Layering is a great way to manipulate the viewer's eye when constructing an image, directing them to look and highlight certain parts of an outfit more than others. You don't want to be covering your model in a sea of fabric, but some consideration for layering can be a powerful styling tool. A simple rule is to balance heavy areas with slim cuts.
Like layering, accessories create points of focus for the viewer and contrast within the image. Many stylists use accessories to stamp their unique vision on a shoot, expressing their personality and creativity.
Classic ways to use accessories to draw the viewers focus is using long earrings to draw attention to the mouth or a necklace to pull focus towards the cleavage.
Accessories are also an excellent physical prop within a shoot – allowing a model to hold or touch can help the shot look more natural and relaxed.
This is your time to shine! One of the most critical aspects of the shoot will be your vision and personality. Remember to bring this into the room. You have the fundamentals; why not experiment with breaking the rules? Use the outlandish item of clothing you have been dying to try out. Your creativity is key to developing your style. Go for it!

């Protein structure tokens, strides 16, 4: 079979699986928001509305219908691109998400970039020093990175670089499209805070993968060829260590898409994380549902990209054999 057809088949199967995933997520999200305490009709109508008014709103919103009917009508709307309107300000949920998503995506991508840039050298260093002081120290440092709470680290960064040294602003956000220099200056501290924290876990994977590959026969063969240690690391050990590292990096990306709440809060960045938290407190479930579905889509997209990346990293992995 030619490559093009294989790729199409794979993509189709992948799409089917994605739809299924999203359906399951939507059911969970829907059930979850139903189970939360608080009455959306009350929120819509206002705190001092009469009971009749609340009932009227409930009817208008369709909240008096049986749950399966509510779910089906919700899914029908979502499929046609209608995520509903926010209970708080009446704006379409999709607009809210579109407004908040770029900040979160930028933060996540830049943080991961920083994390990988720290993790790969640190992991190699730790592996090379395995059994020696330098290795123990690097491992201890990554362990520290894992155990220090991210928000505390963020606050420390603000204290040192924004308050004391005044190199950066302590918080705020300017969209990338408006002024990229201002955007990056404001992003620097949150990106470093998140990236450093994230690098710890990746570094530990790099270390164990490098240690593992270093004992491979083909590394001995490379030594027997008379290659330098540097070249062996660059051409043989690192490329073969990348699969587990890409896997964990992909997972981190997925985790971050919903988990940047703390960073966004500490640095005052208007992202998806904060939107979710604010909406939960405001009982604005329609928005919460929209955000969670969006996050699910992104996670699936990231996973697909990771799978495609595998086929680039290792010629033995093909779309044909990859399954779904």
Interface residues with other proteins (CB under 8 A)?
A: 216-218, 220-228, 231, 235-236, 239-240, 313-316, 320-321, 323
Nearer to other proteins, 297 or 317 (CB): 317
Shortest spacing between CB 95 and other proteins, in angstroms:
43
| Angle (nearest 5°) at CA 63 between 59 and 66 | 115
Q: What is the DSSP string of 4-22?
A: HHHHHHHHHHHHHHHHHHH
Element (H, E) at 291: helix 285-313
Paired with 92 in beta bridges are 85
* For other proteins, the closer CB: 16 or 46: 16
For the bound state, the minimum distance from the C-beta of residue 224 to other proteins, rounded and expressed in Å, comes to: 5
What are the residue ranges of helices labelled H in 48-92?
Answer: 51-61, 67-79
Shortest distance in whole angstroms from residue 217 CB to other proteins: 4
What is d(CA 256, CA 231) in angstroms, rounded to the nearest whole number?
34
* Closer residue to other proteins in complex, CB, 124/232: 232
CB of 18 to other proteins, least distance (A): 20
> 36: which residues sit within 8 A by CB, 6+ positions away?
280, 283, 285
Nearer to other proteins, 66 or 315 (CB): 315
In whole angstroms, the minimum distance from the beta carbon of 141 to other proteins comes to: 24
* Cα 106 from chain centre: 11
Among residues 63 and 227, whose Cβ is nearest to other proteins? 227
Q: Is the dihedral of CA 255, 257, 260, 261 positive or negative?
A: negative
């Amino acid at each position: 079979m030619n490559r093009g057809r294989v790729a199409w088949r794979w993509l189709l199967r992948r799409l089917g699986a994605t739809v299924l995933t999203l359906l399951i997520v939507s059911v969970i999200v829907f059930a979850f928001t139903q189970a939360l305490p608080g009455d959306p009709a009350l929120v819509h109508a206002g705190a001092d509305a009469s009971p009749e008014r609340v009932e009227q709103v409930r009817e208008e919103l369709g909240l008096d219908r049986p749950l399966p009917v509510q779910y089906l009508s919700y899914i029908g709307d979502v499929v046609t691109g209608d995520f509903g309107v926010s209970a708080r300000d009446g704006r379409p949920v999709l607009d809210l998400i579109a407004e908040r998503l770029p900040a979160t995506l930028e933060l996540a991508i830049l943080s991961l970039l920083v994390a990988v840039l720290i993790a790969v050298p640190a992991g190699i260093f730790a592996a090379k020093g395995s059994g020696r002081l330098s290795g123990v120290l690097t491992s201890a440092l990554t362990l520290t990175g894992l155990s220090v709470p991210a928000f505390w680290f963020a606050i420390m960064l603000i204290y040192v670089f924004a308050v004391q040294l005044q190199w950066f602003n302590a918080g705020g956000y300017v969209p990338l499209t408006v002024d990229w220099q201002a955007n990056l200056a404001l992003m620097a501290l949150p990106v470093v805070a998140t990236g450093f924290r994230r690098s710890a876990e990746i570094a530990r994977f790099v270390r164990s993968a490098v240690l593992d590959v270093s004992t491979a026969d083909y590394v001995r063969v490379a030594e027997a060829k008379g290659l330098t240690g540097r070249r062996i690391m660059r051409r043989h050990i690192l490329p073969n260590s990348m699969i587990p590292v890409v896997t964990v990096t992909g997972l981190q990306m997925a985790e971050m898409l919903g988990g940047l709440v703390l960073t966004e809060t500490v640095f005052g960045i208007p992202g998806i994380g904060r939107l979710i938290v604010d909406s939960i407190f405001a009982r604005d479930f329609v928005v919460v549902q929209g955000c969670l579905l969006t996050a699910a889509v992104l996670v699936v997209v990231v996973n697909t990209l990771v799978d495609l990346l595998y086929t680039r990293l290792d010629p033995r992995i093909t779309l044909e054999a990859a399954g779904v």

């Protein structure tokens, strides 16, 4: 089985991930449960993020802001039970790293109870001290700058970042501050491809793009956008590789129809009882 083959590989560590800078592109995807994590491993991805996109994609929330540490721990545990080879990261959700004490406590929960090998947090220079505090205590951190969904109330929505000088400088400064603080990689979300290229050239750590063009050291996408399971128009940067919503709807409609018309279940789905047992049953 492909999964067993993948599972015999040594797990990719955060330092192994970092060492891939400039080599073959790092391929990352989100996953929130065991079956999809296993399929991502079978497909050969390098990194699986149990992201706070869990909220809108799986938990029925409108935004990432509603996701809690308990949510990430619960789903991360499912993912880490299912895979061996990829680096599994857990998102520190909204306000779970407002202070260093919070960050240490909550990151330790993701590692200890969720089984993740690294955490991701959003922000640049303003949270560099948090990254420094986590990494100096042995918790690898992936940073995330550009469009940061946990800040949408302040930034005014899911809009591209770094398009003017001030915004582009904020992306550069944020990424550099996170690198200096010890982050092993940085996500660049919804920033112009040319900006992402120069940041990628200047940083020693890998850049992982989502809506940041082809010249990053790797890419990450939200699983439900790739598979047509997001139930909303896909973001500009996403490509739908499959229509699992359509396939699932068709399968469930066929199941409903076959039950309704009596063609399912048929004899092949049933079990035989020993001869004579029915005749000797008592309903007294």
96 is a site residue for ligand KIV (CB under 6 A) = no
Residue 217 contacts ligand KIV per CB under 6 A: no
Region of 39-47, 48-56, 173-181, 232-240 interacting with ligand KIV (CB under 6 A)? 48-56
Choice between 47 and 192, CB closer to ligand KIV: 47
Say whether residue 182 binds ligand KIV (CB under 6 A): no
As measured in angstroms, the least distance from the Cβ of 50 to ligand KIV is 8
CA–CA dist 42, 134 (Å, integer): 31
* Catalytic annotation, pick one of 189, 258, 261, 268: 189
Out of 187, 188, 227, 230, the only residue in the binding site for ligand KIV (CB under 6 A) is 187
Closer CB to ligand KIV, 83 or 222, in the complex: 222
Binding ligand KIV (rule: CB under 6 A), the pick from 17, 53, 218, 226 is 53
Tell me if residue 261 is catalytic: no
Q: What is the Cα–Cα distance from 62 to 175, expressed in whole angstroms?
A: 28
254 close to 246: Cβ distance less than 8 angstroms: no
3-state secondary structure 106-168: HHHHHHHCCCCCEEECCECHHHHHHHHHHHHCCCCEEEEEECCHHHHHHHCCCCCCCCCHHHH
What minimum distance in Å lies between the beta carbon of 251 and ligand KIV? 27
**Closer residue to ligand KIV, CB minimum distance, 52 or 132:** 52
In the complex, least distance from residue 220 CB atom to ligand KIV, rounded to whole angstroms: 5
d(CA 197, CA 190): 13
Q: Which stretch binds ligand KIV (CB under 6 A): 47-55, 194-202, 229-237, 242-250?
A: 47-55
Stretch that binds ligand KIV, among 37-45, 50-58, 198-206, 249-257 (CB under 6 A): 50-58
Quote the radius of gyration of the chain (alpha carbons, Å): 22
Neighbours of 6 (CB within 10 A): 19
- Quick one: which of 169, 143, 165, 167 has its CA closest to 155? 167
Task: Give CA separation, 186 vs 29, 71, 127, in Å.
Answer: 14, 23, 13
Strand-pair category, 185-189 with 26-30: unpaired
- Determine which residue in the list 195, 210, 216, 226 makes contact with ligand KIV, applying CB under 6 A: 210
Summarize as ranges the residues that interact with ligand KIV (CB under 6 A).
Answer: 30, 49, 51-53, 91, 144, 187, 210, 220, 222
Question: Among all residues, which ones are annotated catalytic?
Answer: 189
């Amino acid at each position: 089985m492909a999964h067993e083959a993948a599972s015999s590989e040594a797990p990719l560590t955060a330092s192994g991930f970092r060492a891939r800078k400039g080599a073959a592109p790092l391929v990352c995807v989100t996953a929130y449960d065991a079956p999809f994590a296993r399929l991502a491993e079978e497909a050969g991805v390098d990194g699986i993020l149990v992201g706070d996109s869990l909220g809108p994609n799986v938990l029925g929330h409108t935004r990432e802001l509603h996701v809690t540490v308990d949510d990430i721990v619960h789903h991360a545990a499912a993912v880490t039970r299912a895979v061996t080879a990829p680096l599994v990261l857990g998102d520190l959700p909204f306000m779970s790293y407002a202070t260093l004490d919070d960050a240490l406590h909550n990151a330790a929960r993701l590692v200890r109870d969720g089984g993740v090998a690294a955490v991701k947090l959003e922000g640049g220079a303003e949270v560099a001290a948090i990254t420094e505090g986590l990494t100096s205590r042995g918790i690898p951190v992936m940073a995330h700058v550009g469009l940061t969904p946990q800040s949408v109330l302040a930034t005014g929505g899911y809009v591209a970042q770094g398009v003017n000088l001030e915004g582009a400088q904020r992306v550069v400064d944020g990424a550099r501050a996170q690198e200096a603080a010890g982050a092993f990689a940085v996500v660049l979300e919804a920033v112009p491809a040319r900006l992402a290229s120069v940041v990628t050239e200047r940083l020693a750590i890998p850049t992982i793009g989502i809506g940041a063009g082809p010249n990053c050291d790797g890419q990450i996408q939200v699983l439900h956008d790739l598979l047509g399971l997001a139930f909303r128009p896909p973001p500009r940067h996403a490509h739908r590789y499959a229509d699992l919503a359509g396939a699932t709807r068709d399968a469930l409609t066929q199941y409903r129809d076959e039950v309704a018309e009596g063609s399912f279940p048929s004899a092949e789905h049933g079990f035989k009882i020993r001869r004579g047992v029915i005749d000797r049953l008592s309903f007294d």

Essential Things to Consider When Styling a Photoshoot
Location dictates equipment. Deciding on your site beforehand is necessary as that dictates the equipment you'll need. If shooting in a studio, you need to think of the lenses you would use for the amount of space available in your studio. If you have a small studio, you may only be able to use a 35mm or a 50mm lens for portraits. A 24-70mm would be ideal for a small space, but you need to consider any distortions if you're shooting portraits at close range using a short focal length.
If you rely on natural light indoors, you would need to think of the time of day you are shooting and the available ambient and natural light to give you ample light that you need for your shoot. It would also be a good idea to have a reflector handy for both nodes, especially for indoor shoots. Various types of glasses create different effects.
Another thing to consider when shooting indoors is your background or backdrop. If it's in a client's home, you may need to ask them for photos of an idea of walls, windows, possible backdrops you can use if you haven't been there before. If you shoot in your own home or studio, you have more control and can prepare the space beforehand. You can go for a light or dark backdrop, fabric or walls, wallpaper or painting, or just the available surfaces in the home. You may need to declutter a bit, so unnecessary objects are in the shot.